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An Examination of Longitudinal CAUTI, SSI, and CDI Rates from Key HHS Data Systems

Weinberg, Daniel A. PhD*; Kahn, Katherine L. MD†,‡

doi: 10.1097/MLR.0000000000000027
Original Articles

Background: In response to the growing concern about healthcare–associated infections (HAIs), US Department of Health and Human Services (HHS) developed the National Action Plan to Prevent Healthcare-associated Infections. A key focus of the Action Plan is the setting of HAI metrics and targets and the enhancement and development of data systems to support HAI surveillance.

Objectives: To identify and assess the strengths and weaknesses of HHS data systems available for surveillance of catheter-associated urinary tract infections, surgical site infections, and Clostridium difficile infections. To present national data from each of the data systems and assess concordance in trends over time.

Research Design: Literature review on data system characteristics and HAI measurement. Graphical and descriptive analyses of longitudinal HAI rates from HHS data systems.

Measures: HAI rate information expressed as prevalence rates or standardized infection ratios.

Results: We identified four HHS data systems—Medicare claims data, Healthcare Cost and Utilization Project, Medicare Patient Safety Monitoring System, and National Healthcare Safety Network—capable of surveillance of at least one of the HAIs under study. Surgical site infection and Clostridium difficile infection rates display concordance in trends, although there is no evidence of concordance in catheter-associated urinary tract infections rates. We have identified a number of desirable HAI data system characteristics: clinically valid; provide information on a broad range of HAIs; have large sample size to support statistical inference; be representative of the United States; and display consistency in cohort, surveillance protocols, and data collection methodology.

Conclusions: Although the data systems included in this study vary along the desirable data system dimensions we identified, trends in HAI rates are generally concordant across the data systems. This increases confidence in observed trends.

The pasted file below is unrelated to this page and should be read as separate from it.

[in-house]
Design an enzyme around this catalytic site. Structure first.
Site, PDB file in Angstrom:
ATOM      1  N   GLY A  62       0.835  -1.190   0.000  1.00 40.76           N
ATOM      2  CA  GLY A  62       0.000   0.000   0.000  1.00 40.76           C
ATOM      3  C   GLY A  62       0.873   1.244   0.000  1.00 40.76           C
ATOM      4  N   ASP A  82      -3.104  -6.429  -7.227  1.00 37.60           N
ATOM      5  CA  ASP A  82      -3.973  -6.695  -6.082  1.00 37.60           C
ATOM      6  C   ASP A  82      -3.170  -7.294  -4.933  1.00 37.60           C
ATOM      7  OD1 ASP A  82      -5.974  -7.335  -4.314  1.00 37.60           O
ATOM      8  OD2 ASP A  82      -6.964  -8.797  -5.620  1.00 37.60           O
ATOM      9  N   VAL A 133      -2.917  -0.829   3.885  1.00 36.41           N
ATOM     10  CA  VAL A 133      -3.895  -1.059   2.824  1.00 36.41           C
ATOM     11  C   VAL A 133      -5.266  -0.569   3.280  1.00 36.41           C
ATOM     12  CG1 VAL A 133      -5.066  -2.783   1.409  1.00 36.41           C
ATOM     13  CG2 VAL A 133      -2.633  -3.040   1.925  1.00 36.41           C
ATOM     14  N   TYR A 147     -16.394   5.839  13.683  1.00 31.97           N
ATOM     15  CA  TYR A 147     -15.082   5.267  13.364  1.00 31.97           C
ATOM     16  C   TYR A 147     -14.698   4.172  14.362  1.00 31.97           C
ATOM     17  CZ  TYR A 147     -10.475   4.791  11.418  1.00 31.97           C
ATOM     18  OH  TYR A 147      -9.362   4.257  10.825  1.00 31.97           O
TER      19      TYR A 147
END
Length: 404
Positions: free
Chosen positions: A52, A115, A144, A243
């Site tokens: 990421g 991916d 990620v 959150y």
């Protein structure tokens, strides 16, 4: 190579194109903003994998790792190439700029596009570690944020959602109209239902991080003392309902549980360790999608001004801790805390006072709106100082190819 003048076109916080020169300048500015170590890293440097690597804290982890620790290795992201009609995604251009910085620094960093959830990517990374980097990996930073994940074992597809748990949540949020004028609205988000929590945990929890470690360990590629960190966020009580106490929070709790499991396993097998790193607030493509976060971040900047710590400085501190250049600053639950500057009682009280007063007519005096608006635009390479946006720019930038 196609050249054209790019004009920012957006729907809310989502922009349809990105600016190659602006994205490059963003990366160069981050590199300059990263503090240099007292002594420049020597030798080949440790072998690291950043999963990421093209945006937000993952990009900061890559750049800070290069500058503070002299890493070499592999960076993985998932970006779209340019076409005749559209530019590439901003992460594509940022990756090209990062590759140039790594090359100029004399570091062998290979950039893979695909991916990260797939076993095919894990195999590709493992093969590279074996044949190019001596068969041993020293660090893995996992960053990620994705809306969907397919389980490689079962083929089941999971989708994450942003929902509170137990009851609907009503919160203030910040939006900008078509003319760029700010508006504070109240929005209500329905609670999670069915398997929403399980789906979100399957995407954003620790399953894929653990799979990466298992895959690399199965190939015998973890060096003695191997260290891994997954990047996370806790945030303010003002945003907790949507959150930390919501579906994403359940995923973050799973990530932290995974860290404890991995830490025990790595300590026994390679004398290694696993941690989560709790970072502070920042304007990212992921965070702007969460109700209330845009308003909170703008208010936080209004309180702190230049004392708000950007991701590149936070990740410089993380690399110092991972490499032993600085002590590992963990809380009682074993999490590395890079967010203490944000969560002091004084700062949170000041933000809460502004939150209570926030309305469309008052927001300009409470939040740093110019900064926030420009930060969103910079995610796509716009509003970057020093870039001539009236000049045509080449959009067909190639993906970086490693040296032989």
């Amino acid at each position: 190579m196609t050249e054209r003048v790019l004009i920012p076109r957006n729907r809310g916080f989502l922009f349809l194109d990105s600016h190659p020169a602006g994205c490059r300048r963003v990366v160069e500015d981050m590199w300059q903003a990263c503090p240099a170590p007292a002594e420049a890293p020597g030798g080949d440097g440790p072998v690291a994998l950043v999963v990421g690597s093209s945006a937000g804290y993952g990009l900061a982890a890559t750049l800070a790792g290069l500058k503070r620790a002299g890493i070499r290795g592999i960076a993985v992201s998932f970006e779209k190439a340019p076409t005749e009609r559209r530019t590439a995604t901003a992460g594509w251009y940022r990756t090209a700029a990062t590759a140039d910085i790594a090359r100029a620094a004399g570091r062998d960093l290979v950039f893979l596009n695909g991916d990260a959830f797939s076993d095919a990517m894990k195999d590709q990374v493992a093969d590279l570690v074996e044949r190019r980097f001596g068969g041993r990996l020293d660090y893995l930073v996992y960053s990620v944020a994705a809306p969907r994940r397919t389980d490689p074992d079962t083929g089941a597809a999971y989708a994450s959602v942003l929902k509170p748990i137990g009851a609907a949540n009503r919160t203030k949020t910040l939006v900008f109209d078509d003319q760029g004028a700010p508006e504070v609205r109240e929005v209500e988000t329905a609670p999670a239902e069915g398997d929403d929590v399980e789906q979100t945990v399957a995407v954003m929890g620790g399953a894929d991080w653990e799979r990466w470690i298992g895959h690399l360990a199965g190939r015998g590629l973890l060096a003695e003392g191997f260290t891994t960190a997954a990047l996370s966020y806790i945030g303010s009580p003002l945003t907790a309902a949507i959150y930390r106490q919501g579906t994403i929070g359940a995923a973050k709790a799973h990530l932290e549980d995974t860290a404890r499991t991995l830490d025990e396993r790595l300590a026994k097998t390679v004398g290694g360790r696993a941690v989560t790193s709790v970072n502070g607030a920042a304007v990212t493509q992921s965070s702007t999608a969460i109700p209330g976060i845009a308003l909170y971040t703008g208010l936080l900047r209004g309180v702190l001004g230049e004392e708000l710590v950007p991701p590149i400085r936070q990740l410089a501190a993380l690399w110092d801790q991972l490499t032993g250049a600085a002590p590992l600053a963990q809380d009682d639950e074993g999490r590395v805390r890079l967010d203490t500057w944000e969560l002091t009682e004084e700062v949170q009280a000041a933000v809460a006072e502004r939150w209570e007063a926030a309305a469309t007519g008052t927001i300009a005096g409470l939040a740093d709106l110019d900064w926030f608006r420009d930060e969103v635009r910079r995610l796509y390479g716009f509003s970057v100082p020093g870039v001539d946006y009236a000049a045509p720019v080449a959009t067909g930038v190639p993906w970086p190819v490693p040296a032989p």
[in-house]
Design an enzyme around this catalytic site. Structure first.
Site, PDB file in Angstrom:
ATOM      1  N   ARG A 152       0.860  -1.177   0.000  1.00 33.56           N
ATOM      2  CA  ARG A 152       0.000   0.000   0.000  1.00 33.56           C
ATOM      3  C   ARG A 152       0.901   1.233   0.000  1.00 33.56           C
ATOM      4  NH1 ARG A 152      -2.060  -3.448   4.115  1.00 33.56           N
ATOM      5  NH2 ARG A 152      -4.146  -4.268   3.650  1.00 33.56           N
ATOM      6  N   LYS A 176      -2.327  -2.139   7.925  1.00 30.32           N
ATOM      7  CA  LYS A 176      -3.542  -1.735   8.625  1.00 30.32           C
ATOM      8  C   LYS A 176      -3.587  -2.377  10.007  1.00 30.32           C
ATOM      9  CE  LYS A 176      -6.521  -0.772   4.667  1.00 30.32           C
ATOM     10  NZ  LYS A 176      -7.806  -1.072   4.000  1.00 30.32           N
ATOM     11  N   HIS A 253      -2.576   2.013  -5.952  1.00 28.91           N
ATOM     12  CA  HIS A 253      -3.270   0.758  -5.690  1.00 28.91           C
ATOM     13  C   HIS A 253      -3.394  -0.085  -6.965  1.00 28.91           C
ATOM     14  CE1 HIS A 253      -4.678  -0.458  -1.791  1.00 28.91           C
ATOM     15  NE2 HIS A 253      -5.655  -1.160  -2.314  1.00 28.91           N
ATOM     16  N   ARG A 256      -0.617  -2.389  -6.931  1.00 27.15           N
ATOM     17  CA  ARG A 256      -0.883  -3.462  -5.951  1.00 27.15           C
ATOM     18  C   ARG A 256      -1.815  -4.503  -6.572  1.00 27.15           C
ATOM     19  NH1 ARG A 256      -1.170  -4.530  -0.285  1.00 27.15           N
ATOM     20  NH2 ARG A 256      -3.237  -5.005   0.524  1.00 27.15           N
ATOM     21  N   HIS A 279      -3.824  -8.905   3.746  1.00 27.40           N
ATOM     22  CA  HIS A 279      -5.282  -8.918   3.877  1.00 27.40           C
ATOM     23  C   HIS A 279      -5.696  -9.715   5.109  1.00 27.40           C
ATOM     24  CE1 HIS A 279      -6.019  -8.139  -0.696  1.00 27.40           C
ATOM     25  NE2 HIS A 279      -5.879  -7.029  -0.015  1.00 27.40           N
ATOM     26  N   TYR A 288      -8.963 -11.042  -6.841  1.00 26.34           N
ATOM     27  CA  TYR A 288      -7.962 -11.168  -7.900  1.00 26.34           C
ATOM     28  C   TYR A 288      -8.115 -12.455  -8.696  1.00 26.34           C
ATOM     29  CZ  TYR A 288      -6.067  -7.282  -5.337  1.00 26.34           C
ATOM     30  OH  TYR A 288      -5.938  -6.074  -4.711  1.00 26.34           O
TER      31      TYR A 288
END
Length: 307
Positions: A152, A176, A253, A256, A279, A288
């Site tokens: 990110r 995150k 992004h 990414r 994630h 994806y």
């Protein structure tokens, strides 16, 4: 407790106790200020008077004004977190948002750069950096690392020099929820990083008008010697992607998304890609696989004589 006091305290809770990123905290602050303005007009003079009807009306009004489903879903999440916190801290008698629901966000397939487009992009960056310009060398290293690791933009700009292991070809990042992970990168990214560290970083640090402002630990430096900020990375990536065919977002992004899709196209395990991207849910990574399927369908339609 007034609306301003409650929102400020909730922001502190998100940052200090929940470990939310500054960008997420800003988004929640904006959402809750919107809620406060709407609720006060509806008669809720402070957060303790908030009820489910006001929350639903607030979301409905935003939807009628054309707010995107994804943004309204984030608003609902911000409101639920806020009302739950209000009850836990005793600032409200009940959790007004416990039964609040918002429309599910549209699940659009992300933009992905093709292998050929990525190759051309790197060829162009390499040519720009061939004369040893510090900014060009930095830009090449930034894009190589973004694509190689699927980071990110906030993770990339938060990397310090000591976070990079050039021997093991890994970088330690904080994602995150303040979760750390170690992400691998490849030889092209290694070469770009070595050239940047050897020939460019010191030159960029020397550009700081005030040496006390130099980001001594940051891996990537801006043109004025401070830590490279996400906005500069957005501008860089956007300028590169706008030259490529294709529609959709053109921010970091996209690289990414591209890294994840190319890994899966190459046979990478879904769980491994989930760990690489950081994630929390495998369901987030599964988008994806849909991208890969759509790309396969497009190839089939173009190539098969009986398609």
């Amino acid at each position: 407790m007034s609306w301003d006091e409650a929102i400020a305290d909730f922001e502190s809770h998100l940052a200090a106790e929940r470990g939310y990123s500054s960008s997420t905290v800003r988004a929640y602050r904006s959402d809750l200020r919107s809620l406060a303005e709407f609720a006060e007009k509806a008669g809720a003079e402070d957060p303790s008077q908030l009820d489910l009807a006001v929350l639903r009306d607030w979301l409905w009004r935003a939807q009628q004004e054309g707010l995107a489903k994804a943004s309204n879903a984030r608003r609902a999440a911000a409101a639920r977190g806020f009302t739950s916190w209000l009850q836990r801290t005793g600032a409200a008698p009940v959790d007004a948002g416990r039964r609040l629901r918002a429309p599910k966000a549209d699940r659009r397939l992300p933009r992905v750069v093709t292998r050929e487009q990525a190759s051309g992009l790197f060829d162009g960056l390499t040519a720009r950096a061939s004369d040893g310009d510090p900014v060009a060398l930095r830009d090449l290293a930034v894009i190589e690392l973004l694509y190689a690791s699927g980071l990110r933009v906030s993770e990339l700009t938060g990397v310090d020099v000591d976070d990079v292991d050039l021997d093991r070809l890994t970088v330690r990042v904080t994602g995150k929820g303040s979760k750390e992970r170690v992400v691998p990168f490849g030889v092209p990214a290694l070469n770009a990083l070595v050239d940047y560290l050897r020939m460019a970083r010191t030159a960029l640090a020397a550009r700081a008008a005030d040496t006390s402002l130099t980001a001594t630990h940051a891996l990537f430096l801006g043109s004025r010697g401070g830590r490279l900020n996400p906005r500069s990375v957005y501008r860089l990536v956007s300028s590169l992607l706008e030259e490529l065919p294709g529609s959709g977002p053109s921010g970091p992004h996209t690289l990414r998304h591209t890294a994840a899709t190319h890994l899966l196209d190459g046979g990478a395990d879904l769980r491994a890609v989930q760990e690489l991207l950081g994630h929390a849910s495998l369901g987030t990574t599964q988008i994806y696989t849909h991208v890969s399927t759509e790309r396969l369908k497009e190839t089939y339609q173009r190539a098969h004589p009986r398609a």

Supplemental Digital Content is available in the text.

*IMPAQ International, LLC, Columbia, MD

RAND Health, Santa Monica, CA

Division of General Internal Medicine and Health Services Research, David Geffen School of Medicine at University of California, Los Angeles

Supplemental Digital Content is available for this article. Direct URL citations appear in the printed text and are provided in the HTML and PDF versions of this article on the journal's Website,

This paper was prepared for a special issue of Medical Care, based upon an evaluation funded by the Agency for Healthcare Research and Quality (AHRQ). Some of the information included in this manuscript was presented as a poster at the 2012 Academy Health Annual Research Meeting.

The authors declare no conflict of interest.

Reprints: Daniel A. Weinberg, PhD, IMPAQ International, LLC, 10420 Little Patuxent Parkway, Columbia, MD 21044 (e-mail:

A 2008 US Government Accountability Office (GAO) report recommended that the US Department of Health and Human Services (HHS)1 provide stronger leadership to prevent and track healthcare–associated infections (HAIs). A major criticism noted in the report was that, even though there are multiple HHS data systems capable of tracking HAIs, they are limited and remain siloed.2 The GAO recommended that the Secretary of HHS work to improve data on HAIs to enhance their utility in generating reliable national HAI estimates.

Among the achievements of the HHS Action Plan were the development of national targets and metrics to measure progress on HAI prevention and enhancement of coordination among HHS agencies in improving HAI data.3 The most recent version of the Action Plan was released in April 2012. As part of the IMPAQ-RAND evaluation of the HHS Action Plan, we profiled the HHS data systems capable of HAI surveillance, assessed their strengths and weaknesses, and gathered and presented HAI rates from these data systems to external and HHS stakeholders. On the basis of these activities, we identified a number of features that an “ideal” HAI surveillance system would possess: clinical validity; capacity to provide information on a broad range of HAIs; large sample size; representativeness of the United States; and consistency over time in cohort, surveillance definitions, and data system function, which includes all other aspects of the data system’s operations such as data collection tools.